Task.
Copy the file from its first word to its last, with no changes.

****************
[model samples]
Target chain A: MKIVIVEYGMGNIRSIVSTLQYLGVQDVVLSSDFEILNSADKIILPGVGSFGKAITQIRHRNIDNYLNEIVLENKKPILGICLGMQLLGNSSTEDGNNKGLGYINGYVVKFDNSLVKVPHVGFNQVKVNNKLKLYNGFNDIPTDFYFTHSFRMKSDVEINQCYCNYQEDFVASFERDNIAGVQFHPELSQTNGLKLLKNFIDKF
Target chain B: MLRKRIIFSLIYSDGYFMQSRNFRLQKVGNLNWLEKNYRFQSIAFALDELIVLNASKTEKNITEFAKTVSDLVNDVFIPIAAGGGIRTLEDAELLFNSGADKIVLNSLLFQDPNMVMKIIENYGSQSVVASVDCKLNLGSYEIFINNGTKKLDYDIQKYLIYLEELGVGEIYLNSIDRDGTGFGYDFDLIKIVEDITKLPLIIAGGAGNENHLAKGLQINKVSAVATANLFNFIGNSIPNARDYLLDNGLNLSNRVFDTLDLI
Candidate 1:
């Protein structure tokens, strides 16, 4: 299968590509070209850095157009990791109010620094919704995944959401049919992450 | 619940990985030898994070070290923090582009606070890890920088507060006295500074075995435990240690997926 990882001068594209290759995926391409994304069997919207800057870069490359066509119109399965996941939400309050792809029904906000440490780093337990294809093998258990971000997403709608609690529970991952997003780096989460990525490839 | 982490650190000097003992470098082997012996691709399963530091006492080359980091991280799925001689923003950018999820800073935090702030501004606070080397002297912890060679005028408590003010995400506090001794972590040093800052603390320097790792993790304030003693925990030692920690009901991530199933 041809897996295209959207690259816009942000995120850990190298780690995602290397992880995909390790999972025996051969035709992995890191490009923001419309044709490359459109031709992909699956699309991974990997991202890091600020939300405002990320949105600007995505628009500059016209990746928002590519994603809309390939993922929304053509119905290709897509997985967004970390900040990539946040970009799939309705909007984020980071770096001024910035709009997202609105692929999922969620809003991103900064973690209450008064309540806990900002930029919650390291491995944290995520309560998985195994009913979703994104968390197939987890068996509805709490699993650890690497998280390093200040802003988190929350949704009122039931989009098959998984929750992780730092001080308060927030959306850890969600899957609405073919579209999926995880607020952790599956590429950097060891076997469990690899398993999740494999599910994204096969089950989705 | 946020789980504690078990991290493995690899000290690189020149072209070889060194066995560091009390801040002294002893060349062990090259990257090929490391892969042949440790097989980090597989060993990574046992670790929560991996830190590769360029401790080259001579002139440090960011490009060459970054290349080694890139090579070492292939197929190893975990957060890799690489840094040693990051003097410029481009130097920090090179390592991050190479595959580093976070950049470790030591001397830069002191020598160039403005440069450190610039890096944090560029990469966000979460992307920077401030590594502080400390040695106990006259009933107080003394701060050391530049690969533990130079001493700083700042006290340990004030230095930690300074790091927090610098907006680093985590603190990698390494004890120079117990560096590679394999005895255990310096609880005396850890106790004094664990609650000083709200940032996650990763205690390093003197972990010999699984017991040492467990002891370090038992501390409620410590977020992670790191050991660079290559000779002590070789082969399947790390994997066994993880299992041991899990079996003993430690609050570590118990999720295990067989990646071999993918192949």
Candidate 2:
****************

[model samples]
Target chain A: MKIVIVEYGMGNIRSIVSTLQYLGVQDVVLSSDFEILNSADKIILPGVGSFGKAITQIRHRNIDNYLNEIVLENKKPILGICLGMQLLGNSSTEDGNNKGLGYINGYVVKFDNSLVKVPHVGFNQVKVNNKLKLYNGFNDIPTDFYFTHSFRMKSDVEINQCYCNYQEDFVASFERDNIAGVQFHPELSQTNGLKLLKNFIDKF
Target chain B: MLRKRIIFSLIYSDGYFMQSRNFRLQKVGNLNWLEKNYRFQSIAFALDELIVLNASKTEKNITEFAKTVSDLVNDVFIPIAAGGGIRTLEDAELLFNSGADKIVLNSLLFQDPNMVMKIIENYGSQSVVASVDCKLNLGSYEIFINNGTKKLDYDIQKYLIYLEELGVGEIYLNSIDRDGTGFGYDFDLIKIVEDITKLPLIIAGGAGNENHLAKGLQINKVSAVATANLFNFIGNSIPNARDYLLDNGLNLSNRVFDTLDLI
Candidate 1:
């Protein structure tokens, strides 16, 4: 299968590509070209850095157009990791109010620094919704995944959401049919992450 | 619940990985030898994070070290923090582009606070890890920088507060006295500074075995435990240690997926 990882001068594209290759995926391409994304069997919207800057870069490359066509119109399965996941939400309050792809029904906000440490780093337990294809093998258990971000997403709608609690529970991952997003780096989460990525490839 | 982490650190000097003992470098082997012996691709399963530091006492080359980091991280799925001689923003950018999820800073935090702030501004606070080397002297912890060679005028408590003010995400506090001794972590040093800052603390320097790792993790304030003693925990030692920690009901991530199933 041809897996295209959207690259816009942000995120850990190298780690995602290397992880995909390790999972025996051969035709992995890191490009923001419309044709490359459109031709992909699956699309991974990997991202890091600020939300405002990320949105600007995505628009500059016209990746928002590519994603809309390939993922929304053509119905290709897509997985967004970390900040990539946040970009799939309705909007984020980071770096001024910035709009997202609105692929999922969620809003991103900064973690209450008064309540806990900002930029919650390291491995944290995520309560998985195994009913979703994104968390197939987890068996509805709490699993650890690497998280390093200040802003988190929350949704009122039931989009098959998984929750992780730092001080308060927030959306850890969600899957609405073919579209999926995880607020952790599956590429950097060891076997469990690899398993999740494999599910994204096969089950989705 | 946020789980504690078990991290493995690899000290690189020149072209070889060194066995560091009390801040002294002893060349062990090259990257090929490391892969042949440790097989980090597989060993990574046992670790929560991996830190590769360029401790080259001579002139440090960011490009060459970054290349080694890139090579070492292939197929190893975990957060890799690489840094040693990051003097410029481009130097920090090179390592991050190479595959580093976070950049470790030591001397830069002191020598160039403005440069450190610039890096944090560029990469966000979460992307920077401030590594502080400390040695106990006259009933107080003394701060050391530049690969533990130079001493700083700042006290340990004030230095930690300074790091927090610098907006680093985590603190990698390494004890120079117990560096590679394999005895255990310096609880005396850890106790004094664990609650000083709200940032996650990763205690390093003197972990010999699984017991040492467990002891370090038992501390409620410590977020992670790191050991660079290559000779002590070789082969399947790390994997066994993880299992041991899990079996003993430690609050570590118990999720295990067989990646071999993918192949």
Candidate 2: